• Congrats on your progress!

      • Why thanky! I’m on a mission to reach a self-imposed deadline/goal that I’m not yet ready to disclose as I’m not yet sure I’ve made the cut.

        Either way, there’s a fire under me to cull & declutter at a more rapid rate & while exhausting – it’s been rather exhilarating at the same time as I ruthlessly rid myself of the unnecessary!

        I’ve made near daily trips lately to the consignment store, thrift/donation centers, main recycling center for my county & even to stores …yes stores….to return previously purchased items for refunds.

        Been crazy but crazy with a purpose!

        • Jane – what will we do when we’ve run out of things to declutter?

          • Outstretch my arms & touch nothing. Put my feet up & not knock nothing over. Walk through my house at night, in the dark & not fall over anything. Walk into my home after a long day & feel comfort & joy!

          • Good question Moni. I hope my husband doesn’t make me go out to get a real job. Ha ha!!!

          • I still think we will find that we are never totally free of decluttering because there will always be times when someone bestows things on us we don’t want.

        • Jane – and if we can lay our hands on the can opener first try…….we will truly be masters of our own universes!

        • Jane are you going to be one of those crazy people who decide to sell their house and in the process of fixing it up for sales decide it isn’t such a bad place after all now that everything is working properly.

          My husband and I looked at a two bedroom apartment today. I will have to ramp up my decluttering too if we were to buy that one. I can tell you we are tempted.

          • LOL, I can see myself doing just that!
            Back a few years ago when all our friends were selling off their regular homes to buy big giant McMansions (during the height of the housing boom), my husband & I kept our wits about us & stayed in our little regular house & paid off all our debts instead of buying an investment house. Thankfully we had the clarity to not buy “up”…which for many is now waaay under (in value).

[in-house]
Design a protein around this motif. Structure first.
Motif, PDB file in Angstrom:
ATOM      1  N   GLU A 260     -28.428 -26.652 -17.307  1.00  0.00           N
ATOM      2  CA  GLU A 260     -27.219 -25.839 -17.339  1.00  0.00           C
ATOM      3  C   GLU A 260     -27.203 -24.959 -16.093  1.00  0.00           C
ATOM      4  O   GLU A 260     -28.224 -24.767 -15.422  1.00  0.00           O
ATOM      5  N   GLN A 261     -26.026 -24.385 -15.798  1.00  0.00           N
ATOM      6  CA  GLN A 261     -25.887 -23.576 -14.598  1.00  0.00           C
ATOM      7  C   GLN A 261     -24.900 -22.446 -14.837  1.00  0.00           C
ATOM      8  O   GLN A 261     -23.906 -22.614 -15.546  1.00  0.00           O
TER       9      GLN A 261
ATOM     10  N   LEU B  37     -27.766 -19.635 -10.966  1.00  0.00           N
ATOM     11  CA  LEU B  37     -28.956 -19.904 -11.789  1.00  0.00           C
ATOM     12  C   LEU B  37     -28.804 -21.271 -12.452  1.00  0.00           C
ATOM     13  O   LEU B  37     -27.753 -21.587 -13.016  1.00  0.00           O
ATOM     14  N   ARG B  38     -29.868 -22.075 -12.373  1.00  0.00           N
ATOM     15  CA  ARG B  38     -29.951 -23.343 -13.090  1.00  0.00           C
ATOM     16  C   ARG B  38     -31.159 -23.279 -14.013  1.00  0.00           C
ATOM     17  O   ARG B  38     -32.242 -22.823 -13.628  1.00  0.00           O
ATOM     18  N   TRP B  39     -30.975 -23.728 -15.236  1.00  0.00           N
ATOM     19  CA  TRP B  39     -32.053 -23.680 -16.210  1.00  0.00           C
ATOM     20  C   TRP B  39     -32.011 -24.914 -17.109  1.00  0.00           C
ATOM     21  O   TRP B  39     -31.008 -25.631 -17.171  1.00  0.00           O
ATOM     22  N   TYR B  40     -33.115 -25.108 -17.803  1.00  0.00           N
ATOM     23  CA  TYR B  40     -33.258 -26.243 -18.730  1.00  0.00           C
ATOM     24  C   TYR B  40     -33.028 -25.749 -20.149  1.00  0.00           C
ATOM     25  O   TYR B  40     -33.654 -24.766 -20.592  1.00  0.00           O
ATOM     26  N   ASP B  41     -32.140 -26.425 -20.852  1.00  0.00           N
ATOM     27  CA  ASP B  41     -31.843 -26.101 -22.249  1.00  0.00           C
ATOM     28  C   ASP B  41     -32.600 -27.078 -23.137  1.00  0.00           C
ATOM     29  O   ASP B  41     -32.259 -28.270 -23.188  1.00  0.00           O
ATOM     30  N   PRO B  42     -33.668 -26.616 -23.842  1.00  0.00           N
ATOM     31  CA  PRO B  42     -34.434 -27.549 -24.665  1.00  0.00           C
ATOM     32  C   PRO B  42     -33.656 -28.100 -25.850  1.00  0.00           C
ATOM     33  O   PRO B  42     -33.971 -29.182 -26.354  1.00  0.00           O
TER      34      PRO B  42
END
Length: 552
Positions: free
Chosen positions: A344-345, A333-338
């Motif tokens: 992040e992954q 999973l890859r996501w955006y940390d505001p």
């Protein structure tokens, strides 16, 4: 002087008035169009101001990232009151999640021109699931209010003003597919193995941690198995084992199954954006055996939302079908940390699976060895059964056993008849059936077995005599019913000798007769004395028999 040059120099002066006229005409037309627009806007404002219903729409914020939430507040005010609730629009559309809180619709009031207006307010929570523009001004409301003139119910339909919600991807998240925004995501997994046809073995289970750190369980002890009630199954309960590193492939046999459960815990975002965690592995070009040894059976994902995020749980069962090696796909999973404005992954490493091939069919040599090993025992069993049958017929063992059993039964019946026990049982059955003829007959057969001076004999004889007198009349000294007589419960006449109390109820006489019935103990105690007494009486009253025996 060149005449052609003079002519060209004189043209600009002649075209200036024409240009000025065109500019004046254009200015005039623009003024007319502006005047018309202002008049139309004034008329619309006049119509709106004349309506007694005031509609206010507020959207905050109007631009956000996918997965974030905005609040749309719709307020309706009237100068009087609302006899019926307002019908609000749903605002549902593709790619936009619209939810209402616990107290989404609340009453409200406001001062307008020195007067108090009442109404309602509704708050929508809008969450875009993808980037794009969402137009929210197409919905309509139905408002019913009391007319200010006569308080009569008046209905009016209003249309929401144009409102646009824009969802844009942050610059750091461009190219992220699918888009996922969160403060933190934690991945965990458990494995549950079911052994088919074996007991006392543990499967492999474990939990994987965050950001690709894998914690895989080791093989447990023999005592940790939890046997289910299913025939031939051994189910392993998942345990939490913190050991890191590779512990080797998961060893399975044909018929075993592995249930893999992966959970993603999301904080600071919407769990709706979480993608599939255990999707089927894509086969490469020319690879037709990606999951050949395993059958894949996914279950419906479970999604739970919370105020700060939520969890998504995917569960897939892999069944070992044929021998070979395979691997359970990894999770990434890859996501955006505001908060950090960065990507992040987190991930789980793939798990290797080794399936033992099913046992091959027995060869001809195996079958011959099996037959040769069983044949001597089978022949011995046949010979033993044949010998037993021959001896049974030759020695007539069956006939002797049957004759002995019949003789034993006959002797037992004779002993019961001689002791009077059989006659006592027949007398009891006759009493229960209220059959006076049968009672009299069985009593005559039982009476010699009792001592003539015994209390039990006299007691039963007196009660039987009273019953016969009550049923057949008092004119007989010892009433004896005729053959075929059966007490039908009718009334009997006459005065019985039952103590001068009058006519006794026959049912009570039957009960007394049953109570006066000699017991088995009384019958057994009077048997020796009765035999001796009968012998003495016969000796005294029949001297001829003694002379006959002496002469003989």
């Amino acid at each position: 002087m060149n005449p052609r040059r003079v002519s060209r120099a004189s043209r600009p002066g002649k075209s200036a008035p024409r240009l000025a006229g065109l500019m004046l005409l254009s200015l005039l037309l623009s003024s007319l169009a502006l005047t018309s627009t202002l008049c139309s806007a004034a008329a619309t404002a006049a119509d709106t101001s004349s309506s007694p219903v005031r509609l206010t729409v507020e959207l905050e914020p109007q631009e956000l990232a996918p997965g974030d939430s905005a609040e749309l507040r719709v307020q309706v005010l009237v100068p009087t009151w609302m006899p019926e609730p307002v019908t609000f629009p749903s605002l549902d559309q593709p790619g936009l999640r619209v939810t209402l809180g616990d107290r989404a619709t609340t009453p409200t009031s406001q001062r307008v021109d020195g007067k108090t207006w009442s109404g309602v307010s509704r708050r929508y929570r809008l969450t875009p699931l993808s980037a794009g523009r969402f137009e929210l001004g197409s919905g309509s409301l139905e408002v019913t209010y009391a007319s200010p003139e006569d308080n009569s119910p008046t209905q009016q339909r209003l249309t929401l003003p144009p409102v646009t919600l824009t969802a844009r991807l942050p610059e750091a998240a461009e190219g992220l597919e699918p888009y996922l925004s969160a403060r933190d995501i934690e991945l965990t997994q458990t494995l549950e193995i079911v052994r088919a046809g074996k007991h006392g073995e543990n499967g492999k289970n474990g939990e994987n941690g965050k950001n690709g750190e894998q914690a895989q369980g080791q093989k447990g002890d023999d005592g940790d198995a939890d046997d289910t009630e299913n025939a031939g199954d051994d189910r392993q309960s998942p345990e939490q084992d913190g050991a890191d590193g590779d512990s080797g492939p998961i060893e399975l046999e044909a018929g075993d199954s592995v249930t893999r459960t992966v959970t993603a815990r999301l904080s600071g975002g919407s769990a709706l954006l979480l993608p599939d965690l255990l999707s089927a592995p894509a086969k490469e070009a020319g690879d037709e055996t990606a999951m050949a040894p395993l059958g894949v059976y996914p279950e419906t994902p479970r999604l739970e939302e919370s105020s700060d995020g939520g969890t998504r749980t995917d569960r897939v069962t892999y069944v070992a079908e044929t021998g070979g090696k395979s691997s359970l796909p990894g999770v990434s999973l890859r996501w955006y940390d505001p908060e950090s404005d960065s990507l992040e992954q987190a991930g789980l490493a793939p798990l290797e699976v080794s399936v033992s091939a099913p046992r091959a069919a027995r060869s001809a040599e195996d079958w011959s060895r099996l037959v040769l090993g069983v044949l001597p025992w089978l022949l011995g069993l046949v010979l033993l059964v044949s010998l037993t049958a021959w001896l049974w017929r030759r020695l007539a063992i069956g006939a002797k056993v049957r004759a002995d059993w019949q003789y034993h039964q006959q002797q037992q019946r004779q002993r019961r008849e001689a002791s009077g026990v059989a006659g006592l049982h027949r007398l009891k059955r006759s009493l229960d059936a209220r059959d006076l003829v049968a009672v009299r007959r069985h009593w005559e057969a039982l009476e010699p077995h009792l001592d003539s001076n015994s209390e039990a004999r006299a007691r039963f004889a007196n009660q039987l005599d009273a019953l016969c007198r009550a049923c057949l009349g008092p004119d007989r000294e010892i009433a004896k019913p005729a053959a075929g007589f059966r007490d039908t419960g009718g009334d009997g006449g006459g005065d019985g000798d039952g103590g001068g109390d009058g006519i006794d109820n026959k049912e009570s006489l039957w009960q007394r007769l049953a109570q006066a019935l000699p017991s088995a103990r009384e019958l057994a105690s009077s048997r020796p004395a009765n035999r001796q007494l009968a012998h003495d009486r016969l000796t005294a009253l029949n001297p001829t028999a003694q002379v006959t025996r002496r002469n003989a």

However, one of our friends fixed up their little house for sell during the housing boom. They fixed all the long-standing cosmetic issues, put in upgraded cabinets, flooring, counters, appliances only to realize they loved their home & ended up not selling! They too count their lucky stars that they didn’t fall for the housing boom fiasco.

            • I love to hear stories like this Jane. Just yesterday a house came up for sale on a real estate web site we keep a close eye on. We had looked at this house about six months ago but weren’t prepared to deal with a reno. Wow you should see the revamped version. We are going to inspect it tonight. It is just about the perfect size for us and in one of the suburbs we like.

              • Wooooo, exciting! Always best to have let someone else survive the reno & you reap the rewards! Let us know how the house viewing/inspection goes!

                • I will Jane. I think that we keep making excuses not to buy because we really just don’t want to be tied down to a loan. Or more to the point we wouldn’t want a loan to affect our chance to travel. The home is going to have to be just right for us to take the plunge.

                  • You’ll know when you find it. Our current house was “the one” at the time we were buying a house. Lord knows we looked at close to 50 or 60 houses (not including what we saw on online real estate listing).
                    Our next house, well we’ll know which one is “the one” when we find it.
                    For us, “the one” is the one we don’t much mind making payments on.

                    • Jane – did you find when you were house hunting – some houses you could almost feel there had been a lot of happiness and laughter in them? And other houses just didn’t have that vibe?

          • I’m glad you were smart Jane and didn’t sell and Buy up. Colleen, I keep thinking apartment and looking and drooling because it would mean less stuff and no upkeep. That sounds soooooo good.

    • Hi Jane well you know exactly what I’m talking about. In fact you should have written the post because you clearly have more experience in this than I do. You are probably even more incredulous as to why you left your repairs for so long.
      I think should take a leaf out of your book and take another look around my house for any other offenders.

      • Colleen, once we started tackling all those “little pesky’s” it felt as if we had made the biggest leaps in our decluttering as those kinda things are like a pebble in your shoes. Sure you can try to ignore it or even try to tolerate it, but ultimately getting rid of the irritation is the only solution. It’s just how long are you willing to “ignore” the pebble in your shoe.

        • What a great analogy Jane ~ a pebble in your shoe is exactly it. Might seem like a small irritation but the constant pain wears you down after a while. Got to wonder why one would want to torture themselves in the first place.

    • Me too, I have a frame as well lol & xmas ornaments that are special to me & just an angel head stuck back on etc. They build up & mulitiply don’t they. But as you declutter they resurface.

  2. First of all, I love the Eco tips for the day. Second, I can relate to this post. Whether it is an unfinished project or something that needs to be fixed, it can be an irritation. Sometimes I just decide a date that it needs to be done by and if I don’t get it fixed or done, it leaves the house and is replaced if necessary.